A wife of a kidney transplant recipient has shared an heartfelt letter online to the family of her husband's donor.
"I want you to know a part of your loved one is very much alive in my husband ... we will be forever grateful for your loved one's selfless decision to be a donor," Toni Rielly wrote on a Facebook community page.
The Lower Hutt family celebrated the two-year anniversary since Rielly's husband Anthony received his kidney transplant from a deceased donor on Sunday.
Speaking to the Herald today, the couple relayed the significant impact that 3am life-saving phone call two years ago has meant to them.
"It's given us our lives back. We now have the freedom of being able to go away for the weekend when we want and accept dinner invitations, and we're not scared that we won't get to grow old together," Rielly said while shedding tears.
Ever since Anthony received the transplant they had wanted to write to the family of the donor to thank them but found it difficult to find the right words that would give the letter justice.
"We were just heightened with emotions yesterday and it just felt right to sit down and pour everything we were feeling out on paper," Rielly said.
Anthony was born with reflux nephropathy kidney damage which is a condition where the kidneys are damaged by the backward flow of urine into the kidney.
However, it wasn't until he turned 31 years old that his kidney failure started to take effect and he became reliant on a dialysis machine to remove excess water solutes and toxins from his blood.
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For more than two years he was hooked up to the machine for nine hours a day in order to stay alive.
"I had to take on the role of caregiver, counsellor, housekeeper, as well as try to work full time myself," Rielly said.
The now 36-year-old father - who had been on the transplant waiting list for two years - said he never expected to get a call that soon and nothing had prepared them for the emotions they felt the day they got the call.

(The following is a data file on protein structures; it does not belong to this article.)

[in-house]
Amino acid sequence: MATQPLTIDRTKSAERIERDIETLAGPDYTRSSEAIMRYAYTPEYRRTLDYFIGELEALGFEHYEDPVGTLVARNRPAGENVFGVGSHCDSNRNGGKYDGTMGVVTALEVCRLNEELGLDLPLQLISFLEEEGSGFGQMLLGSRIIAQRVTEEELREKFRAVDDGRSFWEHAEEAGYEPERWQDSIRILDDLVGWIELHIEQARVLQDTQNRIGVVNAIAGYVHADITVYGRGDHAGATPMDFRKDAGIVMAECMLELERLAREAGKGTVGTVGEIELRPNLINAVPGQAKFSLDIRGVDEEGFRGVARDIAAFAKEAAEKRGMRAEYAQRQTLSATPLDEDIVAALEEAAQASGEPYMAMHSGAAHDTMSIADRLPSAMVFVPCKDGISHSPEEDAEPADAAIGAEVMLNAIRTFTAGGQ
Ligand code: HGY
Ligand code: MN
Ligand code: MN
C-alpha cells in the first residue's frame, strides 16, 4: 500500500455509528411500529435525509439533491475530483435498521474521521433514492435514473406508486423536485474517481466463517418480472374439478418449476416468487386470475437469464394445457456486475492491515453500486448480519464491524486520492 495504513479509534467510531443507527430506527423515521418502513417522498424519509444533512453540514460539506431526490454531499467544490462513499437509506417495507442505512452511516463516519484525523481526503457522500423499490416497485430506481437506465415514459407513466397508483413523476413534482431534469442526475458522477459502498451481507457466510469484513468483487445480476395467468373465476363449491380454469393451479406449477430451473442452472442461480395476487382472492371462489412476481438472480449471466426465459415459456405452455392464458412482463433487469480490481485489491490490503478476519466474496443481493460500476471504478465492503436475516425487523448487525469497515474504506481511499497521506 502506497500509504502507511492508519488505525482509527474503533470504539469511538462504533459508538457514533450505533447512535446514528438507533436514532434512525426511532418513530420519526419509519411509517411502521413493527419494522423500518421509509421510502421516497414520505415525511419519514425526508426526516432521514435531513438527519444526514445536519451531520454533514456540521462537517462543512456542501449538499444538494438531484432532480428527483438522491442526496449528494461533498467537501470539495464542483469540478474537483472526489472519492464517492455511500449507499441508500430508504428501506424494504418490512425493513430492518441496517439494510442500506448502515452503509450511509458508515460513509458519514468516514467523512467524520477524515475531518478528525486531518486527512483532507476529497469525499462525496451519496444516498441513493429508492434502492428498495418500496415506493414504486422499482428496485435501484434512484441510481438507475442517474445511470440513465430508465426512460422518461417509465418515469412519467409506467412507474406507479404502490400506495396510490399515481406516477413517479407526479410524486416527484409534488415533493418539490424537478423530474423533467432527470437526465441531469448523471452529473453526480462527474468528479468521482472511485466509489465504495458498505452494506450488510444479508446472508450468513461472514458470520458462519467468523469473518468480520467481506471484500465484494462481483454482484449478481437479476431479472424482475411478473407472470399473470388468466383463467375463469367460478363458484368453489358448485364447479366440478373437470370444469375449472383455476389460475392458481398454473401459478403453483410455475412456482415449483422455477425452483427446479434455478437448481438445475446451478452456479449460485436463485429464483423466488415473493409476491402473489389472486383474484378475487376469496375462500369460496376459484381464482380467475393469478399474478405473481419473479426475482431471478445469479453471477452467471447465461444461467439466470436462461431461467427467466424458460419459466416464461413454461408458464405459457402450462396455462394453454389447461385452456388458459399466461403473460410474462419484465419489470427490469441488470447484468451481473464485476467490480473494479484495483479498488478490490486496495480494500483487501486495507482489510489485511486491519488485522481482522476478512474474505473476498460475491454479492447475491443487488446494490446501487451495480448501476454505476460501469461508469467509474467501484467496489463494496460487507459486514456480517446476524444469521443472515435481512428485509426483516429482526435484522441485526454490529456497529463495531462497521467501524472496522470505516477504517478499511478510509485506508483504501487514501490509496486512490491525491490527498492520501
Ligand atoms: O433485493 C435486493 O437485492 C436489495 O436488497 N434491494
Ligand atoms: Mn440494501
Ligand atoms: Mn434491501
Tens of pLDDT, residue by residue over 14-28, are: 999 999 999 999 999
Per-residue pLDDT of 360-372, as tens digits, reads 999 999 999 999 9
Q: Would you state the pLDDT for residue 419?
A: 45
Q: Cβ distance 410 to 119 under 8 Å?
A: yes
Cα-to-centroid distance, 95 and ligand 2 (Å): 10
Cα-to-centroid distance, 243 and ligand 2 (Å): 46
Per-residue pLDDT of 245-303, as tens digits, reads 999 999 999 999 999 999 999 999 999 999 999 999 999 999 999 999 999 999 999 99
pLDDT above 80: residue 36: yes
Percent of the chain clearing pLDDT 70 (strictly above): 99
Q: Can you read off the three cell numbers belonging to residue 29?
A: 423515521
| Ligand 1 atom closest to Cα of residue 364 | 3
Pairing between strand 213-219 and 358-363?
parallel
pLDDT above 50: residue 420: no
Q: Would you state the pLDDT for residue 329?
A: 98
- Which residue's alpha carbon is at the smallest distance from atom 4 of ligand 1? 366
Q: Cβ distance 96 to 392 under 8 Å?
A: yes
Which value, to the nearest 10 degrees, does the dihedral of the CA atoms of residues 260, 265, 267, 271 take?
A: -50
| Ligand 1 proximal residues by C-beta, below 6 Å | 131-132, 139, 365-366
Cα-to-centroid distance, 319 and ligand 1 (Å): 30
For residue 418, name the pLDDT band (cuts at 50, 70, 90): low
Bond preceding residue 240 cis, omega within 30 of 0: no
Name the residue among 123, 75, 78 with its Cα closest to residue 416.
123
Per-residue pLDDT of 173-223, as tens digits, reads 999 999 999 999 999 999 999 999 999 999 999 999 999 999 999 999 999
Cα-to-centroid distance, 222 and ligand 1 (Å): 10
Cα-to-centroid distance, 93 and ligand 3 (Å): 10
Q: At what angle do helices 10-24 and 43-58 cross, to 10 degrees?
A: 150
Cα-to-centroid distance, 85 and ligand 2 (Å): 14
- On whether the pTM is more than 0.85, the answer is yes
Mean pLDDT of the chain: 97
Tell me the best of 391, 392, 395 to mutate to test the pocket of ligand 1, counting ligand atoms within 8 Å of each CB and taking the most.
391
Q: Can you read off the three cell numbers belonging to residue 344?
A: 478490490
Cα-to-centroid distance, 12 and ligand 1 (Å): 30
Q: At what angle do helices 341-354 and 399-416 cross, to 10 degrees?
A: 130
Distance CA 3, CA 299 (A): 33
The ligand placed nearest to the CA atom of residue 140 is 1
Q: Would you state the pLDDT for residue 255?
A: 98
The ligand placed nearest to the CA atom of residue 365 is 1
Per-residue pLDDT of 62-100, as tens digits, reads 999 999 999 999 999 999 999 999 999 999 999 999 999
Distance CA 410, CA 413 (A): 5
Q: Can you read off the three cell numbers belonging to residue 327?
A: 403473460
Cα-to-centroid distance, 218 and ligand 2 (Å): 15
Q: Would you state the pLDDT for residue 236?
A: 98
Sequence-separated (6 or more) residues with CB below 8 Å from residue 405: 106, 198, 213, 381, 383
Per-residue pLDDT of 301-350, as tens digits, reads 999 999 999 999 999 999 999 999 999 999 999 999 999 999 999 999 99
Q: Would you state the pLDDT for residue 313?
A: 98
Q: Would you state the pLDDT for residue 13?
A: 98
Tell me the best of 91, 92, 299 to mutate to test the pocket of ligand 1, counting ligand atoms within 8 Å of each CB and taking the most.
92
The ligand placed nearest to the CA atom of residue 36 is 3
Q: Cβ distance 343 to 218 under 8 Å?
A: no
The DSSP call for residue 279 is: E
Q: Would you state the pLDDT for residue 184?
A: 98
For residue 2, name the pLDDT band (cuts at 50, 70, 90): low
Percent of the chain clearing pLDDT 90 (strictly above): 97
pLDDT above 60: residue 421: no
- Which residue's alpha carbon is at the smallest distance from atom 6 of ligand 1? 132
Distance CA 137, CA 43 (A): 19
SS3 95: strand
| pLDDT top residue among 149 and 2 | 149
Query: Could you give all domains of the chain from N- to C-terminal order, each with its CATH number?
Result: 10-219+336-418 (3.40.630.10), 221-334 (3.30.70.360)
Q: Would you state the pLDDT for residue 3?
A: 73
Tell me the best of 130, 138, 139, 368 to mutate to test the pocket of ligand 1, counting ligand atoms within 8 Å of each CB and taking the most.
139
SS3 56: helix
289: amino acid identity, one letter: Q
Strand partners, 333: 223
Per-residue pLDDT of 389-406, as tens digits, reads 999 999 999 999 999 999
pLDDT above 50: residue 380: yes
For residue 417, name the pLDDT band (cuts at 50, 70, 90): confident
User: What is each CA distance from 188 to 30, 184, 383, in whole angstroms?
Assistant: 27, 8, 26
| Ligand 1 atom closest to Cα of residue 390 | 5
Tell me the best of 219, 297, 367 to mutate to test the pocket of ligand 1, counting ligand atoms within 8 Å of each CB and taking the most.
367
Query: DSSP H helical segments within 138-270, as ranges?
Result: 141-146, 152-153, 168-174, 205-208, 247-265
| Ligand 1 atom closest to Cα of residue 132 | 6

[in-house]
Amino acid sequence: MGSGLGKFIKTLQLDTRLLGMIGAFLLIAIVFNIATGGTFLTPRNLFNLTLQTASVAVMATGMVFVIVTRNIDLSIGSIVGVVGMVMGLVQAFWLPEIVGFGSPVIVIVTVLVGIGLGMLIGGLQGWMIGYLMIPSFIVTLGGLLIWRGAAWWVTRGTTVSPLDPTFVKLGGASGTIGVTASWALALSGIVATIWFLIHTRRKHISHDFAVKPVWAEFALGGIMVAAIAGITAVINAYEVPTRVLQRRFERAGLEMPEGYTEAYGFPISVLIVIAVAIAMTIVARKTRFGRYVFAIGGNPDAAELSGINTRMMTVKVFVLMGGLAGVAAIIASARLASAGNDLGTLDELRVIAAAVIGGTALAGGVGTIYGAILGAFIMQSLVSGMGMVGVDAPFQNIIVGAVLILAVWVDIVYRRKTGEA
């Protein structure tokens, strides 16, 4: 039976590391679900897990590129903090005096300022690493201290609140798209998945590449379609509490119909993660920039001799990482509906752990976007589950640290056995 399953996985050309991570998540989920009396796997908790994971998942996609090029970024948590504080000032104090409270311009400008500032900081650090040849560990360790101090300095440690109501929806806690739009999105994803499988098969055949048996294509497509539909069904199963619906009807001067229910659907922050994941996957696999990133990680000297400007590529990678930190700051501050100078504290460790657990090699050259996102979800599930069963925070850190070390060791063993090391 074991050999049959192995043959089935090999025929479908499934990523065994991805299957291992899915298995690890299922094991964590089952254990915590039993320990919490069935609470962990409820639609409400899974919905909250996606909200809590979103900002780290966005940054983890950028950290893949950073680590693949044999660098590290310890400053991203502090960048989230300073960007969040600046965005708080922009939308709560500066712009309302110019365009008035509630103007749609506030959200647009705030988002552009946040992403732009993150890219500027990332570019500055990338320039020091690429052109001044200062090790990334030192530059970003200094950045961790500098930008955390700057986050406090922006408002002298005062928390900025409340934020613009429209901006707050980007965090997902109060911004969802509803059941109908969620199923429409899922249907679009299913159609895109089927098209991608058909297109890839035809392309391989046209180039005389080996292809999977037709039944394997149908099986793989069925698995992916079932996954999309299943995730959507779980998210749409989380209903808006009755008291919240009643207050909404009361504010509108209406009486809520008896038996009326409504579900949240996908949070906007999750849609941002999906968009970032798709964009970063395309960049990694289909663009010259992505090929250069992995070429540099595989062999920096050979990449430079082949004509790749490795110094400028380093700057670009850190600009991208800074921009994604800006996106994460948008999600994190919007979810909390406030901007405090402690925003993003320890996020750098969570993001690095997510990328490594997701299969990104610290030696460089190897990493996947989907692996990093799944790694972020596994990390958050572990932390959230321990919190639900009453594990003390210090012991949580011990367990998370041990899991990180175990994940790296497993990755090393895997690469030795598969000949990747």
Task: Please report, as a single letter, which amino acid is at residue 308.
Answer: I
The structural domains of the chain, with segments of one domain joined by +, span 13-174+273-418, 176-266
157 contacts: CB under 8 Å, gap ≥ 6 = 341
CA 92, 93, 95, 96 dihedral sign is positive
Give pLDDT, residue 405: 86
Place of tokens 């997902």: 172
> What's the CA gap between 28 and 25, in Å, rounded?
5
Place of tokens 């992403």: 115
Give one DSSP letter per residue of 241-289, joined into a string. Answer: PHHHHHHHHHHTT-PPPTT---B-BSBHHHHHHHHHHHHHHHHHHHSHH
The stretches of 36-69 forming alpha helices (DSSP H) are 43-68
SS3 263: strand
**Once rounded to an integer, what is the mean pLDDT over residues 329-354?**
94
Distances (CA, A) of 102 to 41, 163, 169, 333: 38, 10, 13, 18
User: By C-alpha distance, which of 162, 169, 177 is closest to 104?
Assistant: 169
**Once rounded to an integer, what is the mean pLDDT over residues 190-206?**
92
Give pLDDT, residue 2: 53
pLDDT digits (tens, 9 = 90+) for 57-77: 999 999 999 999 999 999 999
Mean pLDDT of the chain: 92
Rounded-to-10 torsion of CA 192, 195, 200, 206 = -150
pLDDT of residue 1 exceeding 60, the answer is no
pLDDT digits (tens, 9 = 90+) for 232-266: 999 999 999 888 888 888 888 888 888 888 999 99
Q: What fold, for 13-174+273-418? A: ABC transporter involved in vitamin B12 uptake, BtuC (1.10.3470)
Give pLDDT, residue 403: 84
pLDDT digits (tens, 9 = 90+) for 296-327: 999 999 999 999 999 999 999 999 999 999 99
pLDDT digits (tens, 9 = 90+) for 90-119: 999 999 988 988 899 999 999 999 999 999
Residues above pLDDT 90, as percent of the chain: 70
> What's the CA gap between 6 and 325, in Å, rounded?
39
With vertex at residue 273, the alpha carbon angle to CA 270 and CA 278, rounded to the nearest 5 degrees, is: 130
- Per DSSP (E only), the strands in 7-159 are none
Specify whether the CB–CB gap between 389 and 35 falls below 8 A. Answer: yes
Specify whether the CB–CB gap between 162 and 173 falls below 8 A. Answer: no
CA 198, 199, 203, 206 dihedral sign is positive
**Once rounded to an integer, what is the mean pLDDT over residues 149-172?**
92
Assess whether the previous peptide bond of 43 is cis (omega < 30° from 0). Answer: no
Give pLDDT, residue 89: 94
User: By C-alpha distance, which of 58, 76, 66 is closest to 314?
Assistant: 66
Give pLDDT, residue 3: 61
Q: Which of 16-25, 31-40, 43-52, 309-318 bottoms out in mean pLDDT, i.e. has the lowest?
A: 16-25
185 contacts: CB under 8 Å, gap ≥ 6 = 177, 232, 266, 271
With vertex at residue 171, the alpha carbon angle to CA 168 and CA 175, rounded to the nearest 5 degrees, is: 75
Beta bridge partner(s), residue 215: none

"I remember we were driving along the motorway to the hospital and it suddenly dawned on me what it would mean for someone else and I felt guilt that I was so excited about the situation when there was a family that was grieving the loss of a loved one," Anthony said.
In Rielly's letter she said: "Our daughter who has autism struggled to understand the changes to her normal life routine. Her dad could no longer play with her. We were just existing ... just.
"Then your loved one's decision to be a donor not only saved my husband's life, but gave me my life back, and a daughter her dad back.
"I want you to know my husband is looking after your loved one's kidney. He takes his medication like clockwork.
"He makes sure he follows the dietary guidelines even though he would LOVE to eat ham, soft cheeses, thick shakes, he wont risk it. He keeps himself hydrated, and can now exercise again."
Since posting the letter the couple have received an "overwhelming" response from people whose lost loved ones donated an organ, others who had received organ donations, and people who are still waiting but say they now have hope.
One person said: "My dad received a kidney (live donation) and it changed our lives. My dad could play football with me and my younger brother again, he could go for walks on the beach, he could go on holidays, he was able to see me graduate high school and university. We had gotten so used to having a dad that was sick, that having a dad that was healthy and we knew would be there for our futures is the biggest blessing ever. It'll be seven years this year! Organ donation is a life saver and this letter so perfect."
Another said: "My 20-year-old brother donated all of his organs recently. Thank you so much for sharing this."
"Beautifully written and thanks for sharing! We have a little boy that may need a kidney transplant one day," another said.
Dr Nick Cross, National Renal Transplant Service clinical director, said being a donor was an amazing thing to do for a stranger and can be life-transforming for those who receive organ donations.
"It gives them time back that they would otherwise be hooked up to a dialysis machine, it gives them a better outlook, the ability to exercise and work. It's the quality of life they will get," Cross said.
"The benefit is huge and need is ongoing."
About kidney donations in New Zealand:
• About 450 New Zealanders are on the national kidney transplant waiting list at one time.
• The average waiting time for a patient to receive a kidney donation in New Zealand is four years.
• About 200 kidneys are donated to New Zealanders in need each year.
• There are three main types of kidney donations - one is from a deceased person, another is from a willing and healthy family member who knows them, the third is from an anonymous live donor.
• Another way is through a donor chain where several non-matching pairs of patients and willing donors are linked up, then the available kidneys are shuffled around so that all the recipients end up with the organ that's the best fit for them, regardless of their relationship with the donor.